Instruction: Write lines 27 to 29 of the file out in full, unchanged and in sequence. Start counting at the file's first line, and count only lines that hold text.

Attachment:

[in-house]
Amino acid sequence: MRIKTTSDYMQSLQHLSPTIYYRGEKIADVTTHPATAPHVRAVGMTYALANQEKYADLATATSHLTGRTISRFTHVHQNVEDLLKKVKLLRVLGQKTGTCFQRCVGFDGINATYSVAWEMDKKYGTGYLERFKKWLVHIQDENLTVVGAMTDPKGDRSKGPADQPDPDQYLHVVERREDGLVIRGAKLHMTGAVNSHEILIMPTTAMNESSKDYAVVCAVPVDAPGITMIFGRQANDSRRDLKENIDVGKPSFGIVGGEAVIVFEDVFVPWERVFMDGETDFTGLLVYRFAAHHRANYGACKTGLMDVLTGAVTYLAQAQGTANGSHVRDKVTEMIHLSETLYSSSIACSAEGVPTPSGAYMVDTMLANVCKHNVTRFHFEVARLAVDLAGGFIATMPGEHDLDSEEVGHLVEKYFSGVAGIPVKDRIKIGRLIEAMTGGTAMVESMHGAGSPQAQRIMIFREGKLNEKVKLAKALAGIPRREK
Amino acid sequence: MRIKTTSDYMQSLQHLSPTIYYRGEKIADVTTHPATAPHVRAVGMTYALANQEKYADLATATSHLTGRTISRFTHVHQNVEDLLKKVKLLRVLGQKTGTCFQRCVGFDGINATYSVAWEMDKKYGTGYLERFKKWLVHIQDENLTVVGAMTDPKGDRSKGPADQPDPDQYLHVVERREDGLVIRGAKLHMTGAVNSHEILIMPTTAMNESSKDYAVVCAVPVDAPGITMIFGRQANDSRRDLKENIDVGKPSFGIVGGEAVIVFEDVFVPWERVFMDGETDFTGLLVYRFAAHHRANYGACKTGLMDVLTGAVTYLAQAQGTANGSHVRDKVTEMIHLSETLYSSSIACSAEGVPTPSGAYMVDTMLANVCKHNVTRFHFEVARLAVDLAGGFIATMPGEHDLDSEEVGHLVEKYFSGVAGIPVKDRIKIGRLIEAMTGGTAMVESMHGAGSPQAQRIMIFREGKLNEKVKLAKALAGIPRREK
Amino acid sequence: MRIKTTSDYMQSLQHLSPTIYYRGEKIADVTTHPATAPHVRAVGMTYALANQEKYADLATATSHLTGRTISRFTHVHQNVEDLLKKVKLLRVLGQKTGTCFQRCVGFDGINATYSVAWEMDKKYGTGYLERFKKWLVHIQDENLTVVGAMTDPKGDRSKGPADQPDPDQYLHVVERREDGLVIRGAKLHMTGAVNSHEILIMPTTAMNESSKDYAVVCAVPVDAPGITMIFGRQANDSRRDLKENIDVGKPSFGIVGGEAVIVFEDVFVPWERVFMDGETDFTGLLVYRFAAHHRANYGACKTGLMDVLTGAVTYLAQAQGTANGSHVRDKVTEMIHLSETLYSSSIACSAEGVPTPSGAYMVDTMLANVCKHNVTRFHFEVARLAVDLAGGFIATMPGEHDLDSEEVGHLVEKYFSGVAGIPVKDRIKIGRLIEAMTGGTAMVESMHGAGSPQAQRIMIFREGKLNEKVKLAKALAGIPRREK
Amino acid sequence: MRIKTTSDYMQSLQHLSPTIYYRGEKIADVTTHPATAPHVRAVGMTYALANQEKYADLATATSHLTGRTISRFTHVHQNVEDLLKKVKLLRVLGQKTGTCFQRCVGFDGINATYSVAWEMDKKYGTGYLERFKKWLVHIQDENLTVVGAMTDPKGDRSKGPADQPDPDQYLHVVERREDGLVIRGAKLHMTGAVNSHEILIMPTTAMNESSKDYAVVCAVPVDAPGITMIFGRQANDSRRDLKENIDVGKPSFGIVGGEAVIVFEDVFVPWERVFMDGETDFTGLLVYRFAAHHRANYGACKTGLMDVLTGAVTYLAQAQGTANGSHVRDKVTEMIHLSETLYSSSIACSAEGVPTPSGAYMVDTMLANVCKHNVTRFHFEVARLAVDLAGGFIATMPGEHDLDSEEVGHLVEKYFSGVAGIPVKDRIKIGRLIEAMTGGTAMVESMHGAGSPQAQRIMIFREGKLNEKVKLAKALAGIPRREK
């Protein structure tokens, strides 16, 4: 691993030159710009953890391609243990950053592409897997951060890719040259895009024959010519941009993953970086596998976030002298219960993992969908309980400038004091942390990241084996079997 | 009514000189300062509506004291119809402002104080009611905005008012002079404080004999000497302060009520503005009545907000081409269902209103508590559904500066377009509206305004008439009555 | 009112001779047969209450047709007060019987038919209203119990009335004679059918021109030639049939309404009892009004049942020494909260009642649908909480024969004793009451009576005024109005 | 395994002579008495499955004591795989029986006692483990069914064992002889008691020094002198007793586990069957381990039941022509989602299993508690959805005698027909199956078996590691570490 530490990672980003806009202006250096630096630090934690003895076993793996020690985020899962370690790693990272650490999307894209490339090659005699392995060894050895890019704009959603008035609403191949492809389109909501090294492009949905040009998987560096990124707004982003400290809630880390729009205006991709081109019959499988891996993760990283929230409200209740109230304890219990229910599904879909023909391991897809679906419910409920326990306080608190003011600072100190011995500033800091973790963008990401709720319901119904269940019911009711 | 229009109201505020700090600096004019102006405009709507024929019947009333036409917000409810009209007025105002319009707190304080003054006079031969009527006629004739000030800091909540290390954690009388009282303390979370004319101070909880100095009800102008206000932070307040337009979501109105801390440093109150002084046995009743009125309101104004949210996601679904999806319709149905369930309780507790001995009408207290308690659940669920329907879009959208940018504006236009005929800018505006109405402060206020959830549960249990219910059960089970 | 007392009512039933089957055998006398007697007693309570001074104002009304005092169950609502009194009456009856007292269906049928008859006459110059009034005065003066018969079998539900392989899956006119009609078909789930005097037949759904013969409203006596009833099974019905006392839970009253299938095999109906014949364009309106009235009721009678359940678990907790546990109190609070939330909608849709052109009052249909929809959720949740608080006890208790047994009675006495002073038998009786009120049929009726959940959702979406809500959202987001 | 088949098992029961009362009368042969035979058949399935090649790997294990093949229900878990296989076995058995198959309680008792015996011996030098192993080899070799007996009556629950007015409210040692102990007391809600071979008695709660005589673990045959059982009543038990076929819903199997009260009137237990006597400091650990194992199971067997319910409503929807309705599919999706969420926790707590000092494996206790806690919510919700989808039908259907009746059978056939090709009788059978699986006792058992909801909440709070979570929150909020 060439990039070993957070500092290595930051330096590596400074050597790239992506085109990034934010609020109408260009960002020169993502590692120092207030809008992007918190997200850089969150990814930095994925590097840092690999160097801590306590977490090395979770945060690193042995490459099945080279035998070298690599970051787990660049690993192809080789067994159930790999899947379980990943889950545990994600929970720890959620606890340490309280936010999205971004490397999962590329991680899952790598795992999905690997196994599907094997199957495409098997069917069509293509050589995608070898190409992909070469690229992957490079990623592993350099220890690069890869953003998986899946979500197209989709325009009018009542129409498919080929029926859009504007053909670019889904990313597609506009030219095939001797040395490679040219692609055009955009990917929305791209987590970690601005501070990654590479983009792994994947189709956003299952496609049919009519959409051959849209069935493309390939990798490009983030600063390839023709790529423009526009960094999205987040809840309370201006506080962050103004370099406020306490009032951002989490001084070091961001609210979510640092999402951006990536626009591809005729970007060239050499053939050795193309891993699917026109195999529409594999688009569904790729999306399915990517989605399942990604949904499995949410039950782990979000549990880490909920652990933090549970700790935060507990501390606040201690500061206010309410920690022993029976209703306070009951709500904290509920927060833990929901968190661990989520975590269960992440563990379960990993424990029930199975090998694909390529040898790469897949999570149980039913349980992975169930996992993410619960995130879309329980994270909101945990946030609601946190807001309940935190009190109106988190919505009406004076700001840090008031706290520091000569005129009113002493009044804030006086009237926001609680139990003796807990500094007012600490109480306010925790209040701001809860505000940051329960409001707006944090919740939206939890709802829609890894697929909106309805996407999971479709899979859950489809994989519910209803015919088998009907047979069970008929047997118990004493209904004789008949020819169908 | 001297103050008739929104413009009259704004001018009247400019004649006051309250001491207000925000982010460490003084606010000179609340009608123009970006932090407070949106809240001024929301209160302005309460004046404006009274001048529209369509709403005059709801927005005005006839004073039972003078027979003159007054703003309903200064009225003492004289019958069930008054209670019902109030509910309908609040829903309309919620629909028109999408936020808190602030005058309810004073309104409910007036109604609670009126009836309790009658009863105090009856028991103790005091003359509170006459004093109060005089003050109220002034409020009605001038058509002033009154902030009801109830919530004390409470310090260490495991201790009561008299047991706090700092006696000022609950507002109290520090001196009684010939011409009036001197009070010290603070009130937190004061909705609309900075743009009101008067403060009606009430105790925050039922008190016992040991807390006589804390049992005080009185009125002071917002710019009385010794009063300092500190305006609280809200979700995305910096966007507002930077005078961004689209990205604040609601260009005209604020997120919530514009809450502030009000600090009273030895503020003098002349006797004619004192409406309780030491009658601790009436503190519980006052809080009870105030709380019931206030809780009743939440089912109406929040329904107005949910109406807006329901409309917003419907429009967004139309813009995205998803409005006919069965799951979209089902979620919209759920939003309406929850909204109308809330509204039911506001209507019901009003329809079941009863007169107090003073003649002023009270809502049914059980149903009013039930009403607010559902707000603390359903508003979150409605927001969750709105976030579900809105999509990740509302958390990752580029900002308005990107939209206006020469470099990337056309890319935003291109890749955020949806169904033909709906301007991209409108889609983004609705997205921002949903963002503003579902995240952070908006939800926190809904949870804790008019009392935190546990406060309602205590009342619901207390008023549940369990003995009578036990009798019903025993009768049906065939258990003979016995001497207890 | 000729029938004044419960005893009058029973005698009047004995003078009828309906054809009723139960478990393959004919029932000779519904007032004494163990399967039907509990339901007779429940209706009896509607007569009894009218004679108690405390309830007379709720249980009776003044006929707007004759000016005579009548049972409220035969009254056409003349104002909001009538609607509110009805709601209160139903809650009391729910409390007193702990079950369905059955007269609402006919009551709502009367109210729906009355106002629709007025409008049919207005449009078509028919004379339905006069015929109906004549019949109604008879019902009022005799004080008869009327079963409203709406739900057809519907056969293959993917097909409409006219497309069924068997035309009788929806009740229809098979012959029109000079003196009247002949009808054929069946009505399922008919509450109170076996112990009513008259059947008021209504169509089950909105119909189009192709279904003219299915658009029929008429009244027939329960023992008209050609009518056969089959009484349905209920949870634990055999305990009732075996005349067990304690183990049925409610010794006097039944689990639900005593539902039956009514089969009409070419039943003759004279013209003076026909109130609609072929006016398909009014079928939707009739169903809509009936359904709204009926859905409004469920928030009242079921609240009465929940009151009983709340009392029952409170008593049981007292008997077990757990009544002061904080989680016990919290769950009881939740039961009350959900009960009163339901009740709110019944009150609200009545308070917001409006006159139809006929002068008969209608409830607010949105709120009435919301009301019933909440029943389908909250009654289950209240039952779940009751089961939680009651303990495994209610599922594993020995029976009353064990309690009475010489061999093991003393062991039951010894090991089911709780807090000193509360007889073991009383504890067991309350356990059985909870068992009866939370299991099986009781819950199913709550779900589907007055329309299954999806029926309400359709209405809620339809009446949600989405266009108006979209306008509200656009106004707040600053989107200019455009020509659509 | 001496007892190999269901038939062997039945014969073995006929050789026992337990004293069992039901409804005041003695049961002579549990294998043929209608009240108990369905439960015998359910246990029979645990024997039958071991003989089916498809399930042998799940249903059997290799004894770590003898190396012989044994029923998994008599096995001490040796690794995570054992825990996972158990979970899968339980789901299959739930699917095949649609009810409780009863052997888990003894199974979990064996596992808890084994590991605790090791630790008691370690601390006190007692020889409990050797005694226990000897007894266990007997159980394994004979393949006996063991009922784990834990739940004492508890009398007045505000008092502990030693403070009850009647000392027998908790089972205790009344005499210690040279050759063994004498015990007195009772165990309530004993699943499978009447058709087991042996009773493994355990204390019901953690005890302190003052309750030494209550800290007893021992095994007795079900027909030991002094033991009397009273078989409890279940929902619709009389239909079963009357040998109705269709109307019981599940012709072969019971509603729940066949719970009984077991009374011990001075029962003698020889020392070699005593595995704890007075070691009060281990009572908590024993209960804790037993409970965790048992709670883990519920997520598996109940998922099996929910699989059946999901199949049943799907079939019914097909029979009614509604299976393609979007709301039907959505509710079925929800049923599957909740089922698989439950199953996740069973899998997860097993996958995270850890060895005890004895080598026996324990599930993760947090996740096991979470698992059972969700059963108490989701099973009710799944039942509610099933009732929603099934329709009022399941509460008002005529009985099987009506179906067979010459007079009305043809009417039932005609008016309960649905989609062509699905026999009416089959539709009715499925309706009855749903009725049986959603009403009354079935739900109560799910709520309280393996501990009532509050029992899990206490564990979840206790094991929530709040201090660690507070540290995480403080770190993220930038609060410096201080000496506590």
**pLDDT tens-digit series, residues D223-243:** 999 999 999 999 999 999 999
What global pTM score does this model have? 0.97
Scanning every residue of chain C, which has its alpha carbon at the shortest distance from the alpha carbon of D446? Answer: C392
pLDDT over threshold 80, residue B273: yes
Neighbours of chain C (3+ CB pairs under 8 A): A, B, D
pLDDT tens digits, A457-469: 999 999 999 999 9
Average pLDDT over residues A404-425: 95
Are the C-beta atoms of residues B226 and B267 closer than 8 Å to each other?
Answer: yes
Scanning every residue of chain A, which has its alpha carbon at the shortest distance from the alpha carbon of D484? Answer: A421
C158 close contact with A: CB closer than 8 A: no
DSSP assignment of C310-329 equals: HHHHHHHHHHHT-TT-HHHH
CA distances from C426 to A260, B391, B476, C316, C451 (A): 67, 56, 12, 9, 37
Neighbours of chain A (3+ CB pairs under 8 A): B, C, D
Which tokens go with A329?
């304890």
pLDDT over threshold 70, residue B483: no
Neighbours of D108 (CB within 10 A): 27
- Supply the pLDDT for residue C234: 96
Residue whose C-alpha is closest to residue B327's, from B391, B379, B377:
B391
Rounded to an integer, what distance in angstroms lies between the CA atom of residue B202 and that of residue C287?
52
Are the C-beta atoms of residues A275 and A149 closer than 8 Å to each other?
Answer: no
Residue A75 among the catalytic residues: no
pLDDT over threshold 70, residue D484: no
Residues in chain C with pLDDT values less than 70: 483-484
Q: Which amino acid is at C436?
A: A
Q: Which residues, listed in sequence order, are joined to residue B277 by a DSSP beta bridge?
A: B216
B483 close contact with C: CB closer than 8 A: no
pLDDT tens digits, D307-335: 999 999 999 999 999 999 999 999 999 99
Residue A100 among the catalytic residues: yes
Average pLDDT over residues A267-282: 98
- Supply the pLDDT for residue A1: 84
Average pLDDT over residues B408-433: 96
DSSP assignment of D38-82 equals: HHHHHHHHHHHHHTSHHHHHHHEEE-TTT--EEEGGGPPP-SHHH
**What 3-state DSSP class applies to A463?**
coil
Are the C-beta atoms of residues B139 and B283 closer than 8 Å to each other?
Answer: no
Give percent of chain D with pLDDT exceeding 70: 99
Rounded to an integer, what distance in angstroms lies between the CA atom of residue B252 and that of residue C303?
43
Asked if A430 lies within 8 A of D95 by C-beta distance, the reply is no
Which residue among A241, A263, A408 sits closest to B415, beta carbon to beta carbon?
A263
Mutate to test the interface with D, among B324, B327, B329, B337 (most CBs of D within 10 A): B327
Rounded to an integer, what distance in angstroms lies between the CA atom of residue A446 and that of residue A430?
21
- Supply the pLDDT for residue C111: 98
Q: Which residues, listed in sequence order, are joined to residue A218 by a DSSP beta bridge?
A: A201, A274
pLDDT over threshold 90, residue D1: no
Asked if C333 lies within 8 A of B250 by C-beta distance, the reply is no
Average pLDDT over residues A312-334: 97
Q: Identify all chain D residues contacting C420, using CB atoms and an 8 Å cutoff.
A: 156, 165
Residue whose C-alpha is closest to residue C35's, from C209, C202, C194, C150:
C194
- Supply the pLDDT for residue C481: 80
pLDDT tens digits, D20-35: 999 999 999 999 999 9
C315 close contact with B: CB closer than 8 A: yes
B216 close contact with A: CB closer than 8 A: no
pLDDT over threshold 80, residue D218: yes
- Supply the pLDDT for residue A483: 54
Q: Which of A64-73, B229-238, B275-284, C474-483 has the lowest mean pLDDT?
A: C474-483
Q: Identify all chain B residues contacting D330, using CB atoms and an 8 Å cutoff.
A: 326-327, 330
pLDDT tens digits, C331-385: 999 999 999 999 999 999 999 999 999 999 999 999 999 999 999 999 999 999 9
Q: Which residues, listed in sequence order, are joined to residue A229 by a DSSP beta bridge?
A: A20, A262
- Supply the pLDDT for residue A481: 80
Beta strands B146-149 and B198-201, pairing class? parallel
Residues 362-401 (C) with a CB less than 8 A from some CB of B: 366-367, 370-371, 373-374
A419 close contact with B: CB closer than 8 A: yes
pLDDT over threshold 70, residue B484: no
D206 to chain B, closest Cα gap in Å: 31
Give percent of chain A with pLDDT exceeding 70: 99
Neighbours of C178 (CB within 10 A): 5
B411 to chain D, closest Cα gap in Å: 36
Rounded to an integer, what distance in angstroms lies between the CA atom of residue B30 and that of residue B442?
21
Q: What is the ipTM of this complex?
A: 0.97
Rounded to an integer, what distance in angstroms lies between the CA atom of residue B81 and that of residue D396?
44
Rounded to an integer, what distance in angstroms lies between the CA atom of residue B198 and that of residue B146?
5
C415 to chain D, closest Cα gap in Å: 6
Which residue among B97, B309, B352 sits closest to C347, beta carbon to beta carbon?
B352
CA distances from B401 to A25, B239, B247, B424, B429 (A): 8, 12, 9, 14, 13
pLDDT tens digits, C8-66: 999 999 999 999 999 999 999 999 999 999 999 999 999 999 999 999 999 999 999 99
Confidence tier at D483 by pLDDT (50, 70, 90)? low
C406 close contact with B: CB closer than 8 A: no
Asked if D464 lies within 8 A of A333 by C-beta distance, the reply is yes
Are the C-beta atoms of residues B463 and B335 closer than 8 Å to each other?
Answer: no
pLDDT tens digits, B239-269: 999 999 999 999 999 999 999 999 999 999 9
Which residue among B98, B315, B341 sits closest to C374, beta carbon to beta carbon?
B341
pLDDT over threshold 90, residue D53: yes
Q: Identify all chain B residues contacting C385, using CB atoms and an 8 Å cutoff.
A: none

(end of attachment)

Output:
B391
Rounded to an integer, what distance in angstroms lies between the CA atom of residue B202 and that of residue C287?
52